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IRS Issues Urgent New Warning About "Shady" Tax Return Preparers

They may steal your entire refund as well as your identity, the agency says.

Believe it or not, Tax Day is just a week away, and if you haven't gotten around to filing, you might be looking for some last-ditch options. There's always TurboTax and other online providers, but unless you're familiar with the filing process, you may prefer to consult an expert. However, this is where you need to proceed with caution, according to the Internal Revenue Service (IRS). In an April 5 press release, the agency warned about "shady" tax return preparers who could end up scamming you out of your refund—and even more.

RELATED: IRS Issues New Alert on 5 Things You Must Declare on Your Taxes This Year.

Per the IRS' warning, certain "unscrupulous tax preparers" may encourage you to file false tax returns and also steal your personal information in the process.

"Ghost preparers and other shady return preparers form a real threat every tax season to well-meaning taxpayers," IRS Commissioner Danny Werfel said in the release. "By trying to make a fast buck, these scammers prey on seniors and underserved communities, enticing them with bigger refunds by including bogus tax credit claims or making up income or deductions. But after the tax return is filed, these ghost preparers disappear, leaving the taxpayer to deal with consequences ranging from a stolen refund to follow-up action from the IRS."

Werfel concluded, "We urge people to choose a trusted tax professional that will be around if questions arise later."

The agency notes that this is something they see annually, with preparers charging a large percentage fee of the refund or even stealing victims' return entirely. They may also try to steal taxpayers' identities, leaving them to deal with the consequences in the aftermath.

RELATED: IRS Warns 20% of Taxpayers Don't Claim Major Refund Credit—Are You Eligible?

There are a few warning signs to look out for, including shady service fees. Unreliable preparers will likely ask for a cash-only payment and won't provide a receipt. In addition, they may try to invent a false income for you to secure additional tax credits or claim fake deductions to increase the refund. They may also encourage you to have your refund deposited into their bank account as opposed to your own.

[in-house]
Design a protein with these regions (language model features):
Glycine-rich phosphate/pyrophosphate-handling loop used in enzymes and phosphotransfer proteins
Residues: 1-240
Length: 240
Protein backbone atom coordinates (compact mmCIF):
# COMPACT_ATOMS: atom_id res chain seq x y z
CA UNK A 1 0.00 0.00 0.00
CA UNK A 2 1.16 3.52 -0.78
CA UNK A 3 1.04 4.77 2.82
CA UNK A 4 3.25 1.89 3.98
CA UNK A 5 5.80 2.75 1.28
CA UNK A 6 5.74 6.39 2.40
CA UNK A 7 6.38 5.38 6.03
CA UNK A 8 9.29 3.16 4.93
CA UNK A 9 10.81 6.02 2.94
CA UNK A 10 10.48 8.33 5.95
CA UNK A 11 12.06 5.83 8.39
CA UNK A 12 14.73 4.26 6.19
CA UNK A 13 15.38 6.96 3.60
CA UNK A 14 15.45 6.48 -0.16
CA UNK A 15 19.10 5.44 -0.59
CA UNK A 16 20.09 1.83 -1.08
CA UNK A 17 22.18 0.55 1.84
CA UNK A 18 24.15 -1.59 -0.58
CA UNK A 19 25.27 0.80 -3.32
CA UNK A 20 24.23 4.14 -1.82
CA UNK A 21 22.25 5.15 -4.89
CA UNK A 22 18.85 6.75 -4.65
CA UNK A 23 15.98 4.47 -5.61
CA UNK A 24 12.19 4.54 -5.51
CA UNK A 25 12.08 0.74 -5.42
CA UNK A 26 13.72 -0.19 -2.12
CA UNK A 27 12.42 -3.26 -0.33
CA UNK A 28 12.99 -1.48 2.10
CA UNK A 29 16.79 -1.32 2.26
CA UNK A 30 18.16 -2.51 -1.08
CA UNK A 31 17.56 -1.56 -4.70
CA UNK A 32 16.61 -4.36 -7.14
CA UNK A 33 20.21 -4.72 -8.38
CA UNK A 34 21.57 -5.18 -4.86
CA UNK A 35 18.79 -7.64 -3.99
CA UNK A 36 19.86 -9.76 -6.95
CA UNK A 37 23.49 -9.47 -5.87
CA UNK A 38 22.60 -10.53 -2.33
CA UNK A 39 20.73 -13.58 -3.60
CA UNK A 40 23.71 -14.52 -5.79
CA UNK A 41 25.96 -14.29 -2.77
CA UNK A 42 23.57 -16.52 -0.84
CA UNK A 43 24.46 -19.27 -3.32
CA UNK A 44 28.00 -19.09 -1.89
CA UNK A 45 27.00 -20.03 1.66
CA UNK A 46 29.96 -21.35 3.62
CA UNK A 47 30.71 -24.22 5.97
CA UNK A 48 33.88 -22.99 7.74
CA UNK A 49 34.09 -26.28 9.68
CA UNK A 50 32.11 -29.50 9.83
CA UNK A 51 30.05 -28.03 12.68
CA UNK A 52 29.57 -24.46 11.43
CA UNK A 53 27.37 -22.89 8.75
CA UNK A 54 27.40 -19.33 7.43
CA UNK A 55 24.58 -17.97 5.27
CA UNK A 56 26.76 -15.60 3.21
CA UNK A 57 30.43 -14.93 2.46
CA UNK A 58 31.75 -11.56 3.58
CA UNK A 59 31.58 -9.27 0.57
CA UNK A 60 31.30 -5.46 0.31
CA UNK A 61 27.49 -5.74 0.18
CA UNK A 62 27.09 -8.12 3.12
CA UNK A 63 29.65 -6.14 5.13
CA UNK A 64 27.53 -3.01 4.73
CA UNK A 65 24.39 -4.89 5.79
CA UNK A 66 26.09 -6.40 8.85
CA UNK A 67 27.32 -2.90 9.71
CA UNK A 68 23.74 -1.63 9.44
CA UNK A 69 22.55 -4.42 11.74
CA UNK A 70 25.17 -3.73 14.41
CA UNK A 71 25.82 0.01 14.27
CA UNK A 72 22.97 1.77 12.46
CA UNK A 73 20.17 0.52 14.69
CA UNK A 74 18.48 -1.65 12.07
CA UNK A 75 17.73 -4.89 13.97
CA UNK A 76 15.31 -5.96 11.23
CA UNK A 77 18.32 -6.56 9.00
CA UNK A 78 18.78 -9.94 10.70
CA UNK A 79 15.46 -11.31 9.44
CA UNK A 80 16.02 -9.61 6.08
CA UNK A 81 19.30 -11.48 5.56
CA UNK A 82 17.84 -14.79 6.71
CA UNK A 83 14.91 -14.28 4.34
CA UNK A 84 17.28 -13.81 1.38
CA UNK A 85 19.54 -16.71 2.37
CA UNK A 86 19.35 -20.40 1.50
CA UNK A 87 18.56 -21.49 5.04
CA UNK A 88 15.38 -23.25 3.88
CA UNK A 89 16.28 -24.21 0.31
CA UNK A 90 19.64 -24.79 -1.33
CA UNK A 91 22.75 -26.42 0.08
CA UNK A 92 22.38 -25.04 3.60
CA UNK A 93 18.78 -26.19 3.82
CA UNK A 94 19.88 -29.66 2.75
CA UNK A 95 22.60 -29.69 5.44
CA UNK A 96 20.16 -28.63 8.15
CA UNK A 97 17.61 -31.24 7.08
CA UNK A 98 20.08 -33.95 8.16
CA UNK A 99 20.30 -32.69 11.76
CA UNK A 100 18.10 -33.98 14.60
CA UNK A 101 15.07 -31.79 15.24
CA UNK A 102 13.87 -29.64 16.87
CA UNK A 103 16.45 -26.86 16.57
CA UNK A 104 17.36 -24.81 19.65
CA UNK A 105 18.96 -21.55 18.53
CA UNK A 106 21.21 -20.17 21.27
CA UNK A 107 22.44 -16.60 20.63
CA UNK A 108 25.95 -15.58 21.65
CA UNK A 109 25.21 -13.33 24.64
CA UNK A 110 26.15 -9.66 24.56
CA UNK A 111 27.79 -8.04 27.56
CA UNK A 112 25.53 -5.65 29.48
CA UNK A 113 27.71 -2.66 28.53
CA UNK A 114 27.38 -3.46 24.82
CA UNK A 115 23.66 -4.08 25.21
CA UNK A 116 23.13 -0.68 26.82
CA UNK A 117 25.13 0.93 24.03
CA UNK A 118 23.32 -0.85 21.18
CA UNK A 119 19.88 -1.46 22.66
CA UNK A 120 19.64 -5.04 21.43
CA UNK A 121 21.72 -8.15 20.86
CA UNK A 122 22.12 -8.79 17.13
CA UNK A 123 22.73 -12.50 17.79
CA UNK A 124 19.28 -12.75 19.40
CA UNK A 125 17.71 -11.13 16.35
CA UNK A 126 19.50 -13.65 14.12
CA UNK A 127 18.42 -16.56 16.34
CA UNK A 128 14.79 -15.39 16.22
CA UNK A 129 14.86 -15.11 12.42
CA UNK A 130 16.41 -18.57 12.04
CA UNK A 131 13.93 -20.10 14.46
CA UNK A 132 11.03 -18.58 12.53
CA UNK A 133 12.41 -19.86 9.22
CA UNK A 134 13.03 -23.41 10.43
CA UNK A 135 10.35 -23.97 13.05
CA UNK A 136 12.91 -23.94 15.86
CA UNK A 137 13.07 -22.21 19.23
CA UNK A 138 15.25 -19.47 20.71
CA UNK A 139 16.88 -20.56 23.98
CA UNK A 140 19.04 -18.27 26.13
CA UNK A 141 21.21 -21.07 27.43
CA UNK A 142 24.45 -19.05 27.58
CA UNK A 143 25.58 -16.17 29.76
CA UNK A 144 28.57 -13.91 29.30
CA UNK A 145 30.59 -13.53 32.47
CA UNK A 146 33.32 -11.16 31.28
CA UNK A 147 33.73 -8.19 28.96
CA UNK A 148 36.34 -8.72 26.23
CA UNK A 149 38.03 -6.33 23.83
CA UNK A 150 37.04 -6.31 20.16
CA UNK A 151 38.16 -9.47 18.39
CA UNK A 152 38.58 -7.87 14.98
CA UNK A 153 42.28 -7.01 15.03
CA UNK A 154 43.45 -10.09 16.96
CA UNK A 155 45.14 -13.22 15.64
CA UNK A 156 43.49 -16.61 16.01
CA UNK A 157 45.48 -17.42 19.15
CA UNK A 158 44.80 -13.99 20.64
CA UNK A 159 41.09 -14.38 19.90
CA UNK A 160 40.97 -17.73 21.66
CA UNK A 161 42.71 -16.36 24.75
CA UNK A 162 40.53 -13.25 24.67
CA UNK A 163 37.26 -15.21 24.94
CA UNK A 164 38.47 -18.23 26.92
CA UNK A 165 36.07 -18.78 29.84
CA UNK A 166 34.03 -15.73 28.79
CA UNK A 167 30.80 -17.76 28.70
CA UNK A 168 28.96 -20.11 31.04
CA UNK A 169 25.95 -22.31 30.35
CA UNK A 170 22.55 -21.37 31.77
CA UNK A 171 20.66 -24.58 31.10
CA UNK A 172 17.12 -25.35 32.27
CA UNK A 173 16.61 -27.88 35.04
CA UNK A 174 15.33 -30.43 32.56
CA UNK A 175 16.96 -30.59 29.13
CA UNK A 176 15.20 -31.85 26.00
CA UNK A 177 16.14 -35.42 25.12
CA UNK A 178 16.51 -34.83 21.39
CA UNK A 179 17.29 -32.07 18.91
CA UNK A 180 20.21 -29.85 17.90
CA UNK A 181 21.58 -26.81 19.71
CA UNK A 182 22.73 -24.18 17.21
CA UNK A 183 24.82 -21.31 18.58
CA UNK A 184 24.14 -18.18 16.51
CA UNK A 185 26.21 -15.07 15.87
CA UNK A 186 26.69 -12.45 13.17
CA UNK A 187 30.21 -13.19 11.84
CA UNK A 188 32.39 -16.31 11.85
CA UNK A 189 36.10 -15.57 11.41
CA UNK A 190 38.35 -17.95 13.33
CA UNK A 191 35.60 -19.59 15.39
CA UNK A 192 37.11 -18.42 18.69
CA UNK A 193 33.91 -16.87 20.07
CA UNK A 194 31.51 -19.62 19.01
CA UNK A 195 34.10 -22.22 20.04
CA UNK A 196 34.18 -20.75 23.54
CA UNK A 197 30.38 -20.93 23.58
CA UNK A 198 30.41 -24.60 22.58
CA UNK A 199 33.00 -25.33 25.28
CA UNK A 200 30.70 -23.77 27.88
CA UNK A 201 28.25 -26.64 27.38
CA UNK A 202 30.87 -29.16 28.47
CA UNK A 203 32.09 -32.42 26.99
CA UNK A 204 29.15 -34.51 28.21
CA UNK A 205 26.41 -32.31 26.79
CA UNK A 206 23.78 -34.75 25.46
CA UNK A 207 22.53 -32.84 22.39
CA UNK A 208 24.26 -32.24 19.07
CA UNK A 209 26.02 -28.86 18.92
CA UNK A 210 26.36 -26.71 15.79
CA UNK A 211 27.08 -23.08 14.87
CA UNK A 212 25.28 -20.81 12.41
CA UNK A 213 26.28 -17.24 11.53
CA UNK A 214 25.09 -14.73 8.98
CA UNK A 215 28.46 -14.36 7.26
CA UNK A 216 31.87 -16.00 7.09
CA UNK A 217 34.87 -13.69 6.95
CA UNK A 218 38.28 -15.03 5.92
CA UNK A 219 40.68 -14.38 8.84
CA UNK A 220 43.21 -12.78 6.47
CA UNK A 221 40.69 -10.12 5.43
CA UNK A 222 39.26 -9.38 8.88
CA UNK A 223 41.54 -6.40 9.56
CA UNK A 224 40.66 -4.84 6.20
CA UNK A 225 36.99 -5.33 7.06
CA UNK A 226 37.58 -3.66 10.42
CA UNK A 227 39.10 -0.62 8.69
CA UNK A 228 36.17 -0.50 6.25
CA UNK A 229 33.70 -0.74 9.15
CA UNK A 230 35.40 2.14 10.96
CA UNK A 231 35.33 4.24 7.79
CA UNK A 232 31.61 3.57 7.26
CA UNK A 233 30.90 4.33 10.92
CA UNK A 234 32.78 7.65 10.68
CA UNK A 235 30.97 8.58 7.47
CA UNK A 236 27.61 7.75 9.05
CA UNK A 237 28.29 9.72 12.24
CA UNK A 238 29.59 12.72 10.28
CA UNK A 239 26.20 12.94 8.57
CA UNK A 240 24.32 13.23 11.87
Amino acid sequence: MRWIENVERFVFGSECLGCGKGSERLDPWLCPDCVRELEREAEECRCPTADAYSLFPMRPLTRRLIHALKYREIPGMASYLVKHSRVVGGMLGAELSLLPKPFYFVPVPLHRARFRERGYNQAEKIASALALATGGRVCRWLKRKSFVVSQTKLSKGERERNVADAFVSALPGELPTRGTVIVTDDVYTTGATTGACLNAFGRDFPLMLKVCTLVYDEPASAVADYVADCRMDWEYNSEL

Another giveaway of a shady preparer is if they don't sign the tax return. The IRS notes that paid preparers are required to sign and include their preparer tax identification number (PTIN) on each return they complete. A ghost preparer doesn't sign a complete paper return or a digital form, the agency warns.

"Good preparers ask to see all relevant documents like receipts, records and tax forms. They also ask questions to determine the client's total income, deductions, tax credits and other items," the press release explains. "Taxpayers should never hire a preparer who e-files a tax return using a pay stub instead of a Form W-2. This is also against IRS e-file rules."

This warning is even more important because you, as the filer, are responsible for the information on your return. And because the preparation of tax returns is unregulated, anyone can file a tax return, upping the risk for vulnerable taxpayers to fall for these kinds of schemes.

The IRS provides different resources to help with the filing process, as well as a Directory of Federal Tax Return Preparers with Credentials and Select Qualifications to help you search for and choose a reliable preparer.

If you are a victim of a scam or fraud, the IRS asks that you report the scheme or tax preparer via an online form or through the mail (including any supporting material and documentation).

Best Life offers the most up-to-date financial information from top experts and the latest news and research, but our content is not meant to be a substitute for professional guidance. When it comes to the money you're spending, saving, or investing, always consult your financial advisor directly.

Abby Reinhard
Abby Reinhard is a Senior Editor at Best Life, covering daily news and keeping readers up to date on the latest style advice, travel destinations, and Hollywood happenings. Read more
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